Nine reasons the GOP should say no to Jeb

Credit: Huffington Post
Credit: Huffington Post/AP

It has been widely reported power brokers are anxiously waiting for Jeb Bush, a former two-term governor from one of the nation’s most important swing states, to decide if he is going to run for the 2016 Republican presidential nomination.

They wait because Bush is well-respected and presidential in stature. He has many positive attributes that would help the GOP attract Hispanic voters, so desperately needed if the party is ever going to recapture the White House.

Bush is a convert to Catholicism, speaks fluent Spanish, and his wife, Columba, is a native of Mexico. With Bush’s name recognition and national profile, he could literally raise millions of dollars overnight, and all he has to say is “yes.”

But here are key reasons why Bush in 2016 is a really bad idea:

Bush Derangement Syndrome

Let’s face it, if Bush had the last name of Something Else, he would have already run for president in 2008 or 2012, and he knows 2016 is his last chance. But has enough time passed for the Bush name, linked to his older brother’s unpopular presidential legacy, to still be a factor in the minds of voters?

Unfortunately, what Republicans like to call Bush Derangement Syndrome is still flourishing, and that is the most problematic aspect of a Jeb Bush candidacy. It is just too easy for the media and Democrats to reinforce the mantra, Bush = Bad.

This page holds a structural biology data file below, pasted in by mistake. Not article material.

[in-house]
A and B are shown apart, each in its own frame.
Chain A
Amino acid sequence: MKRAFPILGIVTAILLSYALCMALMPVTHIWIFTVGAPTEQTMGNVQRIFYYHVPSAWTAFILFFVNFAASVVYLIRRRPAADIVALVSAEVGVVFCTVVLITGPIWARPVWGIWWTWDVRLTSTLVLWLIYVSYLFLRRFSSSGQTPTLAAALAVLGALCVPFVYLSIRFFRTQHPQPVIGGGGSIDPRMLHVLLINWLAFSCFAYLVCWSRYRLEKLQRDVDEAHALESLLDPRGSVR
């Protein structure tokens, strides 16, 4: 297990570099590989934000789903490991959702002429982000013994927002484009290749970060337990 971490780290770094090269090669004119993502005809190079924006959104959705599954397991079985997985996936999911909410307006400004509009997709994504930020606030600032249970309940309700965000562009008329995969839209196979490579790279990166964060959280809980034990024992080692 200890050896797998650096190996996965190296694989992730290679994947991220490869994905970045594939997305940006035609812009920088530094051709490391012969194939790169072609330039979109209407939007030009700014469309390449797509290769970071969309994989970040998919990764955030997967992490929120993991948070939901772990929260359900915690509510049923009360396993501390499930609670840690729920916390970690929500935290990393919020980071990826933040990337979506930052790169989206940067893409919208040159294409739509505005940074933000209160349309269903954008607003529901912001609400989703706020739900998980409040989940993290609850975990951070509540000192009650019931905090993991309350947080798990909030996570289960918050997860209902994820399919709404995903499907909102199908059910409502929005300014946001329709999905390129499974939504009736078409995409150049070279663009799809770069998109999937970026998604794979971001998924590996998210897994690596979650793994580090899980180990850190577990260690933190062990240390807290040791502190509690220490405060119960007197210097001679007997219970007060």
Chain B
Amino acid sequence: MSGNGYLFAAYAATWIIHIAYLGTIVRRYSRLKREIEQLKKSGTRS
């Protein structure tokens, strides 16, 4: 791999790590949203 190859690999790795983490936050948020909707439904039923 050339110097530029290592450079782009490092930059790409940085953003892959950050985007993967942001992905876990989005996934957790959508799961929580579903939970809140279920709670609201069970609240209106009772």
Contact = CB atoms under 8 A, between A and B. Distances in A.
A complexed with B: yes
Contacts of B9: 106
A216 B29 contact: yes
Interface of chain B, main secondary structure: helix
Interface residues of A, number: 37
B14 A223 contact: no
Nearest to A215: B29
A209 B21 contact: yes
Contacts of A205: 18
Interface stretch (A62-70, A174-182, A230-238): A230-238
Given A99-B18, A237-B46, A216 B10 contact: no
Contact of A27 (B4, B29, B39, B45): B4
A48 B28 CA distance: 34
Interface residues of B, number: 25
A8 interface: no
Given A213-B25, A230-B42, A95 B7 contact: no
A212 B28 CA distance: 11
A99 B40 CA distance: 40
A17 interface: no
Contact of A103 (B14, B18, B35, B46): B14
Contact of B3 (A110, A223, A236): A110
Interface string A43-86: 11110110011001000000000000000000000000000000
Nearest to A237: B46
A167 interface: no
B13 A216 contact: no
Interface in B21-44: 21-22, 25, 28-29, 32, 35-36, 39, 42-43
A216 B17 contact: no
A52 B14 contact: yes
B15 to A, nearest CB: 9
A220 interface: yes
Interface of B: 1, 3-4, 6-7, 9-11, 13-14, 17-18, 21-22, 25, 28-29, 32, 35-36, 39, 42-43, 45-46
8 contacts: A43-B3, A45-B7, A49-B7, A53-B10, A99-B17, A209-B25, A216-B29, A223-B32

Half of registered voters would not vote for Jeb

According to a recent Washington Post/ABC News poll, 50 percent of registered voters said they would definitely not vote for Jeb Bush. Among independents, the results were 49 percent, and even 18 percent of Republicans said the same.

Such results prove that the legacy of George W. Bush continues to have a negative effect on his brother’s political future.

Bush vs. Clinton 1992: “Back to the future”

So what does Bill Clinton defeating George H.W. Bush in 1992 have to do with Hillary Clinton vs. Jeb Bush in 2016?

It’s the media, stupid!

The unfriendly media and Democrats will hammer home comparisons between the Clinton economy (good) vs. the Bush economy (bad).

Both older Bushes will be easy targets for the concept that all Bush economies hurt the nation, and that will extend to Jeb Bush. Realistically, the comparison makes no sense for voters in 2016, especially after the Obama economy, but watch this concept take hold if Jeb Bush somehow does manage to win the GOP nomination.

Jeb would split the party

Conservative activists/tea party Republicans — the majority of GOP primary voters — are not lining up for Jeb Bush in 2016, largely because of his stand on “Common Core” academic standards and his support for “amnesty” immigration legislation. Although he considers himself a “practicing conservative,” Jeb Bush is also viewed as a moderate establishment Republican in the mold of Mitt Romney.

The good news is that means he does not scare independent voters and is capable of raising millions from the “country-club” Republicans. The bad news is Jeb Bush epitomizes the “establishment vs. tea party” divide currently raging within the party.